The benefits of exercise are well-documented and practically innumerable, and the connection between physical exertion and stress relief through endorphin release is near common knowledge nowadays. As a result, many people understand the unique qualities of fitness that can function as potent ways to combat a wide variety of challenges and difficulties in life.

Perhaps chief amongst these is addiction, which comes in many forms and impacts people in different ways. Of course, the reality is that no silver bullets exist for these struggles. Sustained victory in these battles of self-control require sustained efforts on multiple fronts. One recovery program that seeks to utilize the power of fitness to help in the fight against addiction is called Addict II Athlete.

The website states the following as a functional mission statement:

We are a free community support group available to anyone touched by addiction. Whether you are in recovery yourself or have family or friends who have, or are currently battling addiction, please come join us. Addict II Athlete is run solely on volunteers and donations. …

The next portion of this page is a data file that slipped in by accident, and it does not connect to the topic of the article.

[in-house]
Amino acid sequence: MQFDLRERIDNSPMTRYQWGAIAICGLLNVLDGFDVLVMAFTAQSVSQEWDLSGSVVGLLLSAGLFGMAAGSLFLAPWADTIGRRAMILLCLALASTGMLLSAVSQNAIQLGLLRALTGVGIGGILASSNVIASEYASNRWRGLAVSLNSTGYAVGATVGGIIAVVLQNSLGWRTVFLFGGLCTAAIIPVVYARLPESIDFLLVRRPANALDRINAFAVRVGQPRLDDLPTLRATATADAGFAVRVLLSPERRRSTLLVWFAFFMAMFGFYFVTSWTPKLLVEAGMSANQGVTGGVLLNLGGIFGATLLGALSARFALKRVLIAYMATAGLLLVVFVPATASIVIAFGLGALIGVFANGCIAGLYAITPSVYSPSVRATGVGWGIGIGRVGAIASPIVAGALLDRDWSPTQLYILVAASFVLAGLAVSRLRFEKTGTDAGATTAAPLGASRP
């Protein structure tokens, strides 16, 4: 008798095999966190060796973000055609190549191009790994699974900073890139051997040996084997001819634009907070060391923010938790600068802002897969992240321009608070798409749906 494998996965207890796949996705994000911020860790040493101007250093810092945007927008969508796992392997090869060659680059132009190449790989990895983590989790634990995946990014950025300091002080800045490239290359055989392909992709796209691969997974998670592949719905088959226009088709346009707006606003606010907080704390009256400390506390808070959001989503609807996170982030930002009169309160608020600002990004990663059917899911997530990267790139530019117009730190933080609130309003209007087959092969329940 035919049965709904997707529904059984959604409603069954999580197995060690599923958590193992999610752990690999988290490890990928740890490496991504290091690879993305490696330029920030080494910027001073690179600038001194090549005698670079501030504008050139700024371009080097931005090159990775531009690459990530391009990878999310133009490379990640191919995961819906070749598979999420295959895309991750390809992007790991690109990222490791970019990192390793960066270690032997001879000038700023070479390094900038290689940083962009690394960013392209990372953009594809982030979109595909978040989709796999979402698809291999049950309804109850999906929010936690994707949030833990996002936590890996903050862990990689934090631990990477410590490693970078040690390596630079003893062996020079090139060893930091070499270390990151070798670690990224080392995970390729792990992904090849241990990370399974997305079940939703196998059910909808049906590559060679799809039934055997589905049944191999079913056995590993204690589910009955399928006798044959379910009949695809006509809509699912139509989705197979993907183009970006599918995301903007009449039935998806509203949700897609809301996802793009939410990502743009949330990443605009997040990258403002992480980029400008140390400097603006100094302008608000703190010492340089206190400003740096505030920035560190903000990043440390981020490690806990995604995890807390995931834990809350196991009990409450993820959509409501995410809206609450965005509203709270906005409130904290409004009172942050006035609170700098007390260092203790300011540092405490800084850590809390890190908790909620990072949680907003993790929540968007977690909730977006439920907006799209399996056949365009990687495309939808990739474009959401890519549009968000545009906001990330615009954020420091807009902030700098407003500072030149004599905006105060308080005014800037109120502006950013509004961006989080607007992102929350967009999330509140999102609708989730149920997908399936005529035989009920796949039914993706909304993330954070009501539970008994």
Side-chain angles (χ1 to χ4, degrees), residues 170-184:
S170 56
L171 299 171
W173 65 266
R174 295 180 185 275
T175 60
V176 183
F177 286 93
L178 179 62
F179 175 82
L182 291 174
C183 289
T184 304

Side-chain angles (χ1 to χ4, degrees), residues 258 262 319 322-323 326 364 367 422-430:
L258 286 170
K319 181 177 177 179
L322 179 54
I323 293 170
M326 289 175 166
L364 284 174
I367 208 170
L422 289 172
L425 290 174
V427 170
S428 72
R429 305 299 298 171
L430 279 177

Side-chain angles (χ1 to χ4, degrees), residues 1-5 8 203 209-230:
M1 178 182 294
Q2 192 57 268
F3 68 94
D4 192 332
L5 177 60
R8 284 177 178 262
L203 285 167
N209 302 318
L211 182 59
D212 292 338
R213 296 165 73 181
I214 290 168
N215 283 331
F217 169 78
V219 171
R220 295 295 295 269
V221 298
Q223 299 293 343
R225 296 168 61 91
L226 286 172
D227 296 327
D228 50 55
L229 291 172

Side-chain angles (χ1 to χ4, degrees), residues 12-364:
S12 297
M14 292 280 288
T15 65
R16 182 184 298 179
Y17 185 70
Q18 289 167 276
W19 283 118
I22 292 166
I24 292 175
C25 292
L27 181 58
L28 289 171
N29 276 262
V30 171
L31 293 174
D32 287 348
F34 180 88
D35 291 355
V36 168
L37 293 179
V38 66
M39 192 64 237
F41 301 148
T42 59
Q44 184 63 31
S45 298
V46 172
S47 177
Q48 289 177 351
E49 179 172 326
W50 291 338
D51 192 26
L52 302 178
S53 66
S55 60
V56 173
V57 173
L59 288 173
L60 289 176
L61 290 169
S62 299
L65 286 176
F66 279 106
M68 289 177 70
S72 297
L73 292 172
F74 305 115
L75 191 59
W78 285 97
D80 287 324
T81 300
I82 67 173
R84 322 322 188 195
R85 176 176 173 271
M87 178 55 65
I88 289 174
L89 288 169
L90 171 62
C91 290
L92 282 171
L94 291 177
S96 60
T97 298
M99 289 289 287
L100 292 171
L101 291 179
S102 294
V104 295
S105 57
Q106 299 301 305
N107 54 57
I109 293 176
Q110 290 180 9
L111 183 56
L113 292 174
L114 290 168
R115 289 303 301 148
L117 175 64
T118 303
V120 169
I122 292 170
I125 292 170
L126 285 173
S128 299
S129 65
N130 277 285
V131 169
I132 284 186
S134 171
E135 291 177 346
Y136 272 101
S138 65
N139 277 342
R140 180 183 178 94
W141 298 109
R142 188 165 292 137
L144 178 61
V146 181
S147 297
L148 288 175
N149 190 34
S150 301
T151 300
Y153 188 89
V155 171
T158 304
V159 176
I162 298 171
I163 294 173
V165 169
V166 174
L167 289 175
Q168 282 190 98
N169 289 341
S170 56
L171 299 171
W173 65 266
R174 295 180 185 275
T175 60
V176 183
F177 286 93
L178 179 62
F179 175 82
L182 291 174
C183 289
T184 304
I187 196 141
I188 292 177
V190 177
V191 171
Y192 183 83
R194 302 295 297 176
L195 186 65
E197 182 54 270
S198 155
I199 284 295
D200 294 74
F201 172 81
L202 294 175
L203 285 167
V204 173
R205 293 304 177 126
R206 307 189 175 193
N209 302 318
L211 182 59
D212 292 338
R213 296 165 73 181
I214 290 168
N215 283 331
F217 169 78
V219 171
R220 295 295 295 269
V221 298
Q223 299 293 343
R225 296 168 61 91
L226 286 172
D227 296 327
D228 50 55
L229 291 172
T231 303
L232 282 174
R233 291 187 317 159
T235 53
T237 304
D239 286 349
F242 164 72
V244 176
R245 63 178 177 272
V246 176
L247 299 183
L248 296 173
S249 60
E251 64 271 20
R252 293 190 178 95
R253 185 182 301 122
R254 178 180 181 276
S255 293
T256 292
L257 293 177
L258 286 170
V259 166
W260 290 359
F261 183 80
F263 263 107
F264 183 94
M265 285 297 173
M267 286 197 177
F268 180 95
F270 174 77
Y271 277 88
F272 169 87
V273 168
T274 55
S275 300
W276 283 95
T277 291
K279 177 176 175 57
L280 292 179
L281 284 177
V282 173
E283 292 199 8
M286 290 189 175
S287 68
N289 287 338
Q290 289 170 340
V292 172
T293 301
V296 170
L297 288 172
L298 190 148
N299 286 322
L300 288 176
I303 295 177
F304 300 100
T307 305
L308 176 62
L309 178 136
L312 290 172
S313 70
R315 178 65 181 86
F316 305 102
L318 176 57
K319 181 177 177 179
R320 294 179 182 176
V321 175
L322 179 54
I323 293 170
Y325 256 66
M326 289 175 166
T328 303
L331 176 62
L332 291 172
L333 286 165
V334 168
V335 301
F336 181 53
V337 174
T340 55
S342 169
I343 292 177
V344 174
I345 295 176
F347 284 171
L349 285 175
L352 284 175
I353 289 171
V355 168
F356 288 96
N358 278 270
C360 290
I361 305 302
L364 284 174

We are a group of friends, peers and family members who all have one thing in common…addiction. By knowing an addict, having been affected by addiction or being in recovery ourselves. We have come together to help one another with the outcome from all angles of addiction. We have found a new way of life, by exercising and becoming physically fit. This has become a pivot point in our new way of life.

We are here to carry the message of recovery and change the outlook of the word… addict. To show that there is hope for every individual affected by addiction out there. We have adopted the philosophy of Erase and Replace, defined as; erasing our addiction and replacing it with something of greater value (ie. friendship, family, respect and compassion).

Our goal is to spread the message of recovery to the addict and family of the addict who still struggle with addiction and to show that we have discovered a more excellent way to live. We wish to redefine the public’s view on addiction and recovery.

Many in our fellowship have been told there was no hope for them, “Once an addict always an addict,” that we would never change. Unfortunately, this is a common viewpoint. This belief is simply not true, we are living proof that change is possible, all we need is an opportunity and we have found it by moving from an addict to an athlete.

Healthy lifestyles are a sufficient inspirational result of physical fitness movements, so exercise for a greater purpose than that is especially moving, no pun intended.

To learn more about Addict II Athlete, click here.